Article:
Monday, November 23, 2009

Competition or cooperation

Last Thursday I read a column in the International Herald Tribune. The columnist, an American reflected over that when he was lecturing in Paris, students saw solidarity as the antonym to competition, while where he came from monopoly was the first choice. I think the observations contains more than a simple difference in culture or language. The French apparently saw the fierce (economic) competition as opposed to solidarity.

For me I would have selected cooperation as the antonym to competition. That is, we can solve problems, or exploit opportunities not only through the model of competition, but also through cooperation. The platform for the (capitalist) competition is the market. The platform for cooperation can be society in the form of state but also in the form of civil society organisations.

In real life, I don't think the choice is the either/or but both or all three. We certainly need comptetition (and diversity) but no progress is made in human society without cooperation, and without solidarity progress might be immoral, without heart.

A problem today is the competition has been given supremacy as an ideology. Yes it is an ideology with its own fundamentalists, and they are as scary as other fundamentalists.

Wednesday, November 11, 2009

Small is not only beautiful - it is productive as well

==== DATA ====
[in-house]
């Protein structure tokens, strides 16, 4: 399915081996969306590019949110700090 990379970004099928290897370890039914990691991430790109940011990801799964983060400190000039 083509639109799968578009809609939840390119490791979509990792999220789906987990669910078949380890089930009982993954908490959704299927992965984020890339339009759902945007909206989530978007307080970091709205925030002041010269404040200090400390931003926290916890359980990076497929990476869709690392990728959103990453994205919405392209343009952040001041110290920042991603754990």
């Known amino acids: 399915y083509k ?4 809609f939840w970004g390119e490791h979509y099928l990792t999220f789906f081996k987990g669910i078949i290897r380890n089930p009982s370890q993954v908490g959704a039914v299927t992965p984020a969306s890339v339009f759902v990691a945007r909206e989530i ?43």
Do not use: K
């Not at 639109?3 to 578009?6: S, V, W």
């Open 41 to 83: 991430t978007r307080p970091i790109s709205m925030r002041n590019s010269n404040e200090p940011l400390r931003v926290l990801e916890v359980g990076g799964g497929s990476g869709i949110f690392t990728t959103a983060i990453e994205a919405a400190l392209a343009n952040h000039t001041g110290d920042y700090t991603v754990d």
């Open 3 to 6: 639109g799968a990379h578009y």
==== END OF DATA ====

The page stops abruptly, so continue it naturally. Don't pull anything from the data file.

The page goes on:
Recently I had the pleasure of moderating a seminar at the Royal Swedish Academy of Agriculture and Forestry in Stockholm. It was about how organic farming can meet the challenge of climate change. It was an interesting seminar, which showed how complex the reality is, and that there are no simple solutions. The seminar had a very wide approach to the issue and included aspects not only of bio-diversity but also about social diversity, one farmer, Anders Lunneryd, explaining how immigrants are working with vegetable production at this farm as own enterprises.

In essence niches and border zones are very important for biodiversity and for resilience. Not only diversity, but also productivity is often a lot higher in border zones, just think about coasts or waterholes in the desert, or the farmland-forest border. In permaculture and agro-forestry such border zones are created. I remember what Tor Nörretranders wrote in The User Illusion (Märk Världen) about how the modern civilization tries to make thing predictable, how there are no straight lines in nature and hardly any in old cultures while the industrial society is full of them. With science and technology we strive to make things predictable and repetitive (and there is no coincidence that my thesaurus says that boring and monotonous are synonyms to repetitive). While what we think is beautiful is almost never predictable and repetitive. Esthetically we seek complexity all the time, not chaos, some order is actually preferred by or senses.

For a new farming system, for a new relationship between man and nature but also for a future society we should seek diversity and complexity. It is also in this line of thought where one can find a rational argument in favour of that “scale matters”. I have always had sympathy for “small is beautiful” as Schumacher said, but I found it hard to provide solid arguments for why that is. With this perspective of border zones, complexity and diversity also points to that small may not only be beautiful, but also productive.

This is perhaps an interesting example of a border zone. Kids laughing and swimming in pool in the main square of Asuncion, the capital of Paraguya, which I recently visited. The main squares in these former Spanish colonies are mostly very strict, but here it was all relaxed, like the whole town.